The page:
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January 17, 2014 / thackersam

January 16 – Thursday – The Mothers – Fillmore East – June 1971

Mothers FillmoreNeedless to say, this was a weird workout.

Once known as the Mothers of Invention, and led by the precocious Frank Zappa, this incarnation of the group included singers Howard Kaylan and Mark Volman of Turtles fame (remember “Happy Together”), who then became The Florescent Leech and Eddie, or Flo and Eddie. This is the white album with the writing in pencil.

Frank Zappa and the Mothers had a musically innovative sound and a need to shock that was right for the times. To me now, it’s more like a 4-year-old getting a kick out of saying doody – which isn’t always unfunny. To give you an idea – side one contains the song “What Kind of Girl Do You Think We Are?” a crude ballad about groupies, which goes right into, if you’ll pardon the phrase, “Bwana Dik.” Side two includes a continuation of “What Kind of Girl…” – the even cruder “Do You Like My New Car?” which goes into more graphic detail about the subject matter. However, that nicely leads into the Turtles’ hit “Happy Together.”

Wednesday was movie with the ex day. We saw American Hustle and give it two whole-hearted thumbs up. We had lunch before and were thinking of maybe ordering breakfast, “the usual,” but we were good, or at least I was, and went for something different and more green. I can be particular about my food, especially when it comes to breakfast. I want two eggs over easy, well-done home fries (or hash browns, whichever it comes with), crispy bacon and buttered rye toast. The ex would just order the two eggs over easy and take whatever comes however it comes, until one time after I ordered he said he’d have the same. Upon realizing how much better it was the way I order, I now place my order, with the waitperson writing furiously, and he says he’ll have the same, which thankfully always gets a chuckle. That made me think of the Gold Star Diner I left behind in Bayside, Queens, which I learned recently, is no longer there. I lived there for so many years and would go into the diner so often that the waitresses would just say “the usual?” And usually I’d say sure. “Coffee?” “Of course.” Before long, they stopped asking about the coffee and just brought it. The bus boy, who was the bus man and more by the time I left, was a quiet, shy guy. I would say good morning to him, or afternoon, but never got a response. But I was not deterred, and eventually got him to acknowledge me and even make a little conversation. It got so that if he saw me coming, he would try to have a cup of coffee on my table before my butt hit the seat. I got so much writing done in that noisy little diner, and I don’t have any place like that here.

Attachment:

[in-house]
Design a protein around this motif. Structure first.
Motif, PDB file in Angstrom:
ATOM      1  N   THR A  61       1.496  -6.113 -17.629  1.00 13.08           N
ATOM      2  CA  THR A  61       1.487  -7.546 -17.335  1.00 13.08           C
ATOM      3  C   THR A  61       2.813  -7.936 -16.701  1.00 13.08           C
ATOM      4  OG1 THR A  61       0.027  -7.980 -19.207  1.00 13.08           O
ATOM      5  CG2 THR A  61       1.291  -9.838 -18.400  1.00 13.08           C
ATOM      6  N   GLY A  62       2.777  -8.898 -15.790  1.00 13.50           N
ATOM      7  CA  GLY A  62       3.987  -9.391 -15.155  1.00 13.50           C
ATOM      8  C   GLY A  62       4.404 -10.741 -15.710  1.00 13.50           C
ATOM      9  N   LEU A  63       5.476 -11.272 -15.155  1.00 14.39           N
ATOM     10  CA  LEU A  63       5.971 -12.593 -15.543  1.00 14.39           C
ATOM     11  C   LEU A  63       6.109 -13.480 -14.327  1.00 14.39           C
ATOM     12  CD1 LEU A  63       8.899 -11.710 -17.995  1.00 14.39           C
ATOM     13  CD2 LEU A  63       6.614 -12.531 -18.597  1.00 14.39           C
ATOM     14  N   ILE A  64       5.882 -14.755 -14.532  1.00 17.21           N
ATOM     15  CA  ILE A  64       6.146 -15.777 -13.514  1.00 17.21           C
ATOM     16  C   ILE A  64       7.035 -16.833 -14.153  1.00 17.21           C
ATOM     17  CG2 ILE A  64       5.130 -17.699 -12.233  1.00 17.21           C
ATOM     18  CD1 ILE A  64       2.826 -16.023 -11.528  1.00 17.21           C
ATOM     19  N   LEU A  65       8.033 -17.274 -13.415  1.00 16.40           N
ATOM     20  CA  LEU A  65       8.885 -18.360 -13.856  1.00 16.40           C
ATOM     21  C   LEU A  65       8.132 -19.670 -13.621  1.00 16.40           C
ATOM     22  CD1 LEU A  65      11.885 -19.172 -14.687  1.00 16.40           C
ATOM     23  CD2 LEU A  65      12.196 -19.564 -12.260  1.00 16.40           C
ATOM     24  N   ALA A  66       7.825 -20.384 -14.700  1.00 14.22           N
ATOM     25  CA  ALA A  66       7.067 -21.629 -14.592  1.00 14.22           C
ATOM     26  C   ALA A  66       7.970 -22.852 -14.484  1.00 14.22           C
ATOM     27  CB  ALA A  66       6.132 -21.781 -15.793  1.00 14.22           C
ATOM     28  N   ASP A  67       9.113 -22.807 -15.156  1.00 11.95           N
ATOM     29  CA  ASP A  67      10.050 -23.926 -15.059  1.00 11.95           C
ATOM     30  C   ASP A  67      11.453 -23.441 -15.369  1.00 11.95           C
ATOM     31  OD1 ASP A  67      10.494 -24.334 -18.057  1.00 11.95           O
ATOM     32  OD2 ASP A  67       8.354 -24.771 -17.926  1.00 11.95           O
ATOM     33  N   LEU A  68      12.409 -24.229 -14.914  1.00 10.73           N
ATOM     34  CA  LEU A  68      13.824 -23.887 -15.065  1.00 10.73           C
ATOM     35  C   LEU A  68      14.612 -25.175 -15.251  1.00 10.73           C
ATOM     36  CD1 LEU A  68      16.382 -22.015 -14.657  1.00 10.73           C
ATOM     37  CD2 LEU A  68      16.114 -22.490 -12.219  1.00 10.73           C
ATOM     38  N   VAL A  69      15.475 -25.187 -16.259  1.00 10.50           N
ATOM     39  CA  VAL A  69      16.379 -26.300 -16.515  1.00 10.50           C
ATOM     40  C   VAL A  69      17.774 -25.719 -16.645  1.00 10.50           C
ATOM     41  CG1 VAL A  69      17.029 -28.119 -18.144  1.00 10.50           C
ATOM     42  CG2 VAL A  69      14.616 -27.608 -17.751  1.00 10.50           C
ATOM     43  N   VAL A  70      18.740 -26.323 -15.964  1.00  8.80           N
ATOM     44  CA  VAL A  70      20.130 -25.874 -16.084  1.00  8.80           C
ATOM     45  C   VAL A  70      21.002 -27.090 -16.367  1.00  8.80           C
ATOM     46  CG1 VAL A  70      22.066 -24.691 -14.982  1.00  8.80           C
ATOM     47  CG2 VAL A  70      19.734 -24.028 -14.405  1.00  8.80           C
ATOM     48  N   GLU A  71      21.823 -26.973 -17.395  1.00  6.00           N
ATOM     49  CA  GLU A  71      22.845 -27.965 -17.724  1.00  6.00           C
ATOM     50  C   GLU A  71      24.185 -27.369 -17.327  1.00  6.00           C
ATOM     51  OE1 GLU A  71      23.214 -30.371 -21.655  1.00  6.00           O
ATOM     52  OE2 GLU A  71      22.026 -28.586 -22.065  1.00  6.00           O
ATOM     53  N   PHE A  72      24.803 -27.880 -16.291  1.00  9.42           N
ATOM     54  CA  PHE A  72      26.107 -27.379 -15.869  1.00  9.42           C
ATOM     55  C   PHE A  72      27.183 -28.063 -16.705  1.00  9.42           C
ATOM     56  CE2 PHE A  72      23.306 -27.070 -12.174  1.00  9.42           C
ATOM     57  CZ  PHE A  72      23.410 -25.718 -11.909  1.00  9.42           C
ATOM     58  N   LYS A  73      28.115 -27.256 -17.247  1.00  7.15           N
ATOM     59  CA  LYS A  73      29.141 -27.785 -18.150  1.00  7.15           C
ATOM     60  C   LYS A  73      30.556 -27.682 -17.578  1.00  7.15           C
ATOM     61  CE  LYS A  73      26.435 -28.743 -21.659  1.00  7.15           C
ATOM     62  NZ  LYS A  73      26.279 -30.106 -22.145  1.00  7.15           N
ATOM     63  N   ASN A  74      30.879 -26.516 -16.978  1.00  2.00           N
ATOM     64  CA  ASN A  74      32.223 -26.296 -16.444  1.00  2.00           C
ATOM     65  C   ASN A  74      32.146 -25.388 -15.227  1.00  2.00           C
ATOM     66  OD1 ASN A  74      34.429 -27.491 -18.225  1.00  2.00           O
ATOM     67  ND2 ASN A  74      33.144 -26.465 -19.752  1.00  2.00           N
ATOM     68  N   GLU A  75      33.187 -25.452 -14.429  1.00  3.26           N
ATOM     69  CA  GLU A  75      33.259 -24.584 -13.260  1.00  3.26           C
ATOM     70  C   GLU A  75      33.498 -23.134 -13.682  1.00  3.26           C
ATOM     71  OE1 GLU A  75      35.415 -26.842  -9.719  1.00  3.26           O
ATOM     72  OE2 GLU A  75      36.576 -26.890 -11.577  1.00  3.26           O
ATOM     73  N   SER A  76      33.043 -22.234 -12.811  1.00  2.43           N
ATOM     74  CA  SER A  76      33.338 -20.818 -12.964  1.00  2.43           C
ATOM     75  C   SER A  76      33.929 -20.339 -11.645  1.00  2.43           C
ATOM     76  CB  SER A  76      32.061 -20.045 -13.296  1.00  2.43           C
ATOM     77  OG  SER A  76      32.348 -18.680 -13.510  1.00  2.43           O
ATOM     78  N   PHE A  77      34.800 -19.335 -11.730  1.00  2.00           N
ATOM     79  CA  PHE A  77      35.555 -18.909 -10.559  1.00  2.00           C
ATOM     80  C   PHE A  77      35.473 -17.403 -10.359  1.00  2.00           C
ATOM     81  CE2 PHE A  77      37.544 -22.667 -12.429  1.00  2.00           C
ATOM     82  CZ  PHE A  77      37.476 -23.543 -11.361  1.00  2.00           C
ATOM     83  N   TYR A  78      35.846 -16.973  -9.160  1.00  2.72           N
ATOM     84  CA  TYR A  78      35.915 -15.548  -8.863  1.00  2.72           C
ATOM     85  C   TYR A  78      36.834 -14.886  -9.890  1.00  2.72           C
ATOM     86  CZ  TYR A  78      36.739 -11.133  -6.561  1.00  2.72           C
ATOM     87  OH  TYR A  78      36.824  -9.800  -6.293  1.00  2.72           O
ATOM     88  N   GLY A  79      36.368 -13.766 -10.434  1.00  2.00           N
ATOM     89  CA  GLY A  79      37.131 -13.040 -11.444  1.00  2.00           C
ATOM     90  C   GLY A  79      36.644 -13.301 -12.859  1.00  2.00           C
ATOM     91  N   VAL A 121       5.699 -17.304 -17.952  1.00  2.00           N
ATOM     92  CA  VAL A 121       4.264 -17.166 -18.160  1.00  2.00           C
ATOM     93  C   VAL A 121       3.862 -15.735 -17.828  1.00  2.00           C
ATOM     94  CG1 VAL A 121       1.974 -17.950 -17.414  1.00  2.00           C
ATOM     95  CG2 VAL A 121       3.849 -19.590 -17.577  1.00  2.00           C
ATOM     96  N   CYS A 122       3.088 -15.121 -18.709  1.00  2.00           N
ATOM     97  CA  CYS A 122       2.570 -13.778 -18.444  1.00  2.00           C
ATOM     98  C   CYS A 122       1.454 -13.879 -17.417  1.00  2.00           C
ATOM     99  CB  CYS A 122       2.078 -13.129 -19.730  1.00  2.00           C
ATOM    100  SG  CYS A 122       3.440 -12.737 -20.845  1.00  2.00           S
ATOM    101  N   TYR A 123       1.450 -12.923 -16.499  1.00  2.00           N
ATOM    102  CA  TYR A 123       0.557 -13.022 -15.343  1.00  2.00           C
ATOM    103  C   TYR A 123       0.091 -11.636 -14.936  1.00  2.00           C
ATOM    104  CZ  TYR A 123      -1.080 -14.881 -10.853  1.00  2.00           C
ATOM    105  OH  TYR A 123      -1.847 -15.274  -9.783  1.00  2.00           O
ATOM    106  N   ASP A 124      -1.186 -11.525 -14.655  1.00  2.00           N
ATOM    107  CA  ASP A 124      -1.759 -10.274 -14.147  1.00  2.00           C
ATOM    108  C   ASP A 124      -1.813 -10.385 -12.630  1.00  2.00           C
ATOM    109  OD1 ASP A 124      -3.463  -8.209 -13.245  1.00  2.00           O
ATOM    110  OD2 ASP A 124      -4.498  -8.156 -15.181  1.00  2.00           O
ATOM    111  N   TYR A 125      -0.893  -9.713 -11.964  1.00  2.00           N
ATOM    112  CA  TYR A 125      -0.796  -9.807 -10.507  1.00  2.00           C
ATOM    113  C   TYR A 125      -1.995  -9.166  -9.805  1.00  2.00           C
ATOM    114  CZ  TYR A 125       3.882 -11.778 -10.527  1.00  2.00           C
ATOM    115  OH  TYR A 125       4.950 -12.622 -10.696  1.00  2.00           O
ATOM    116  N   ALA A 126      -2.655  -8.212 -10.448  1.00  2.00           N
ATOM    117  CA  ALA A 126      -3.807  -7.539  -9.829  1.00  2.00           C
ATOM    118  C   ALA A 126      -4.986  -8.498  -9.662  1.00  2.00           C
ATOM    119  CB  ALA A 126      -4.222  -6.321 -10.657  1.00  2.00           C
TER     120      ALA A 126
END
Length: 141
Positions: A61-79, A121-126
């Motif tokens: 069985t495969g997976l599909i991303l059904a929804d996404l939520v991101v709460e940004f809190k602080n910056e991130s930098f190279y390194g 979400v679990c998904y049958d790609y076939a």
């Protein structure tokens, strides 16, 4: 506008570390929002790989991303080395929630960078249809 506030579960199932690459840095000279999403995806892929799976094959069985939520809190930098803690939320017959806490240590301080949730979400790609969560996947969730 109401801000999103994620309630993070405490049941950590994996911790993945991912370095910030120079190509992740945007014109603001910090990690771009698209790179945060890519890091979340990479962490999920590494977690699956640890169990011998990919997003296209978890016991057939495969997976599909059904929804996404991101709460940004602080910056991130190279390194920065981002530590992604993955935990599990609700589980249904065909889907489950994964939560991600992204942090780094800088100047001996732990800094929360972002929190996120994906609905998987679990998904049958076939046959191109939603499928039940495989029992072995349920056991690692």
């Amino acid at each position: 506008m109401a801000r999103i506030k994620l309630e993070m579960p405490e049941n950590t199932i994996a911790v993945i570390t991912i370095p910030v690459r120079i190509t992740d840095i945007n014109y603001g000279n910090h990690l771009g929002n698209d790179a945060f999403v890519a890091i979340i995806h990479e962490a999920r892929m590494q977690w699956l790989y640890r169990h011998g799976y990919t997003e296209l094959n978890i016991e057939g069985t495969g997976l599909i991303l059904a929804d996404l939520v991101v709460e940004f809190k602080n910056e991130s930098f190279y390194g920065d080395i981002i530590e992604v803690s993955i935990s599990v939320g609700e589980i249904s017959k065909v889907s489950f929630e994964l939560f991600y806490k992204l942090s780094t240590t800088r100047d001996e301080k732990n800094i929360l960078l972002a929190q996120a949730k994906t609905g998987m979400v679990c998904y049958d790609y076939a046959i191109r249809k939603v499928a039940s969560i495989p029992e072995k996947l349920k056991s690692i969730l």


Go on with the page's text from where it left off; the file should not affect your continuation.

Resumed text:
I was thinking about just that this morning as I walked to work, and how much I missed it, when I heard someone say my name. It took me a few seconds to realize it, but when I turned around, a woman was standing a few feet away smiling at me. I knew the face but couldn’t place it. She said her name, which didn’t click until she said, “I was your neighbor in Bayside.” We exchanged pleasantries, as it was indeed pleasant, and went on our ways. Funny how things just happen like that.

So, I should be writing about Frank Zappa and the Mothers instead of eggs and Bayside, but not to worry, we’ll have another chance next time.

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